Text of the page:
Before going to Spain, I didn’t consider myself adventurous.
When I graduated from college, I had no idea what I wanted to do.
After learning about a classmate’s positive experience teaching abroad, I looked into InterExchange’s English Conversation Spain program. I figured if I was going to do something like this, the period after college when I was still unsure of what I wanted to do would be the best time to take the leap.
My three months in Madrid were filled with unexpected and beautiful developments. Here are the top four:
1. I learned I'm adaptable and my confidence soared.
Living in a foreign country and being surrounded by a foreign language was the bravest thing I’ve ever done.
I loved learning about another way of life. I embraced the laid-back ¡No pasa nada! (“Don’t worry about it” / “It’s okay”) attitude and stopped trying to plan everything and worrying about how things would unfold.
I got used to wearing slippers in my host family’s home and hanging my clothes outside to dry (dryers are not common in Spanish homes like they are in the U.S.).
I used military time, drank café con leche (a Spanish coffee consisting of strong coffee and scalded milk), and ate many delicious churros con chocolate (a decadent Spanish dessert which entails dipping a fried dough pastry in a hot cup of chocolate).
I said “yes” to new opportunities without hesitation. I talked to everyone and took it all in.
Traveling, and this trip in particular, completely changed me. By the end of my program, I felt like I belonged in Spain. I gained so much confidence from pushing my boundaries and going off on my own and grew to be an adept traveler.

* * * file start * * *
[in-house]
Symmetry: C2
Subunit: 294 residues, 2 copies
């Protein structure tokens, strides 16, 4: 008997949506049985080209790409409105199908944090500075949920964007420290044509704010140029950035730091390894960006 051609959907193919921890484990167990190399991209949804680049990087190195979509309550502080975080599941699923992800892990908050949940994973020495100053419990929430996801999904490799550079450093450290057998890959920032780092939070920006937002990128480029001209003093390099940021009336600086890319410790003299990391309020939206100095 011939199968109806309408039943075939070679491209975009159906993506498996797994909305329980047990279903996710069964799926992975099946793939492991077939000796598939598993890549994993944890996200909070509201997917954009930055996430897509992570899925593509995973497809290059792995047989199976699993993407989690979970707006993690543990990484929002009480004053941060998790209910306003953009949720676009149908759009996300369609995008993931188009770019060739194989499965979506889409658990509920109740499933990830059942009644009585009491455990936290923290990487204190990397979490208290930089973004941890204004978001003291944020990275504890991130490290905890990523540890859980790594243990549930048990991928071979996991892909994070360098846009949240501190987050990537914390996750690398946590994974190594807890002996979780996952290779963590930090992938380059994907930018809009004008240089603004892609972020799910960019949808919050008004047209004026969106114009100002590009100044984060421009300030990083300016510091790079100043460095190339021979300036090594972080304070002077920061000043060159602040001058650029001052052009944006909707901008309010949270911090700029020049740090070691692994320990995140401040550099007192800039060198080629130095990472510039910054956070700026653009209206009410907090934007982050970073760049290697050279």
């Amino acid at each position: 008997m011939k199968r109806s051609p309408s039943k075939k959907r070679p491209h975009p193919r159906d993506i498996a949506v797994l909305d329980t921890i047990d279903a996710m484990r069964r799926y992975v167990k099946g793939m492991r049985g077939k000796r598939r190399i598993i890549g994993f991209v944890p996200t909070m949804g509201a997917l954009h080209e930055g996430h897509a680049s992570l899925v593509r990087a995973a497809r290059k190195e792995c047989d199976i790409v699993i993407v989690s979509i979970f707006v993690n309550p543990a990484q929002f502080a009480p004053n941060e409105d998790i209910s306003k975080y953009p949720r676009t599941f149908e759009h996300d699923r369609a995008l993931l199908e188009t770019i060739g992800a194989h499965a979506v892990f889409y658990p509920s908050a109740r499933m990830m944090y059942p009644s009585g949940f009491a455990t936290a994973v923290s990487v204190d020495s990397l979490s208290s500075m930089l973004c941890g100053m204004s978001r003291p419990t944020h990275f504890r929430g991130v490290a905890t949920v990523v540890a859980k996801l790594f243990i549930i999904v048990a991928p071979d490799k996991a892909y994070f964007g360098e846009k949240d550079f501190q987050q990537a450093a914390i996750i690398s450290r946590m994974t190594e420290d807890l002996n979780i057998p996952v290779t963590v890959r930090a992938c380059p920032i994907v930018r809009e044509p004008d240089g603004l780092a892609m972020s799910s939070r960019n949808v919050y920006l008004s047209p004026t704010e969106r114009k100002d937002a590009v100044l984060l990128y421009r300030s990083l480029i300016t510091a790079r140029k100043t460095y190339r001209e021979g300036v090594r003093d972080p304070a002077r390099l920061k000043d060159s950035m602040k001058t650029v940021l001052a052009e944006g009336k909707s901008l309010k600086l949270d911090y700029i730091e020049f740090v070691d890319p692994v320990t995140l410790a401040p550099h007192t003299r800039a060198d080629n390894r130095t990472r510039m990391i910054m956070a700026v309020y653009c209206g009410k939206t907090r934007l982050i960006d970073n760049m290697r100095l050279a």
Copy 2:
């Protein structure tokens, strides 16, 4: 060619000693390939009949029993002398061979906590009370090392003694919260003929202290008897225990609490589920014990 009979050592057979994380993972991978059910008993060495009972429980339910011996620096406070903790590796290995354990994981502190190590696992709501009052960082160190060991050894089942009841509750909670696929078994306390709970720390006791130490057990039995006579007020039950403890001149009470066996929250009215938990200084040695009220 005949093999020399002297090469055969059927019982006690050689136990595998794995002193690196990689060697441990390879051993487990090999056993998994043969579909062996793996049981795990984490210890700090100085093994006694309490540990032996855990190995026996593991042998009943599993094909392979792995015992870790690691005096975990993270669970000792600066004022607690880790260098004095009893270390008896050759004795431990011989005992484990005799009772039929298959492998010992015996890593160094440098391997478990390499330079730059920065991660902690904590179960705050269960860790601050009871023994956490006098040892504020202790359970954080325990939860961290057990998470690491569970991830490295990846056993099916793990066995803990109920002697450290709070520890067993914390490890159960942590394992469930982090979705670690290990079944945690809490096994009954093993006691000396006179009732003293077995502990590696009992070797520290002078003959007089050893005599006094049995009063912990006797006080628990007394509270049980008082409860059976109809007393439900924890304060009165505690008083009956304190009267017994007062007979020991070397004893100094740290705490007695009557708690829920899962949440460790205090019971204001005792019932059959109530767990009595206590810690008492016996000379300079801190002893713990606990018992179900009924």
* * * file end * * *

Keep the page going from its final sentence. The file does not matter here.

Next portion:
And my Spanish improved!
2. I have a second family now.
The English Conversation Coach entails a homestay. My Spanish hosts took me in and treated me like I was one of them. They made all the difference in my experience.
With such welcoming hosts, it was hard to be homesick!
I enjoyed being part of their routine, from walking my host sibling to school and playing soccer with him to grocery shopping with my host mom. I also loved the language learning sessions with my host dad. He helped me with Spanish and I tutored him in English.
Even the dog, Luna, made me feel at home. I give my hosts a lot of credit for taking in a stranger, especially one who ate so much food!
One of my favorite memories with them is from my birthday. They bought me a cake and gifts and sang Happy Birthday to me. I felt special and loved by this gesture.
My dad visited me in Spain and got the chance to meet my host family. He was so nervous about me going on this trip and was grateful to them for taking care of me. Both of us are still in touch with my Spanish host family. I can’t wait for the day when I get to see them again.
3. I made a best friend.
I joined the program alone, so I was eager to meet up with fellow participants. Jess and I found each other through InterExchange’s Facebook group. We met in person for the first time on a group trip to Toledo and ended up spending most of our time together.
Jess is still one of my best friends. The year after we got back from Spain, we went to New Zealand together for four months on a working holiday visa. I’m even visiting her in California soon!
She has seen me at my best and my worst and vice versa (traveling does that to you!), but there’s no better travel buddy than Jess.
4. I fell in love with traveling!
When I returned from Spain, I couldn’t wait to leave the U.S. again!
I’ve only taken one major trip since my time in Spain (four amazing months in New Zealand), but I’ve gone on many smaller trips and I’m looking forward to more in the future.
The difference between pre-Spain me and post-Spain me is the desire I have now to see it all.
The more I see, the more I add to my list. There’s something addictive about waking up in new cities, trying local food, and getting lost in new neighborhoods. It’s not always easy, but it’s always worth it.
And as for figuring out what I want to do? I now work for a company that uses weather data to help insurance companies, businesses, and organizations. Not related to tutoring English in Spain, but I’m so happy I had that experience before I settled into my analytics career!
Volunteering to teach English in Spain was the best decision I’ve made and I hope others can have an experience like I did.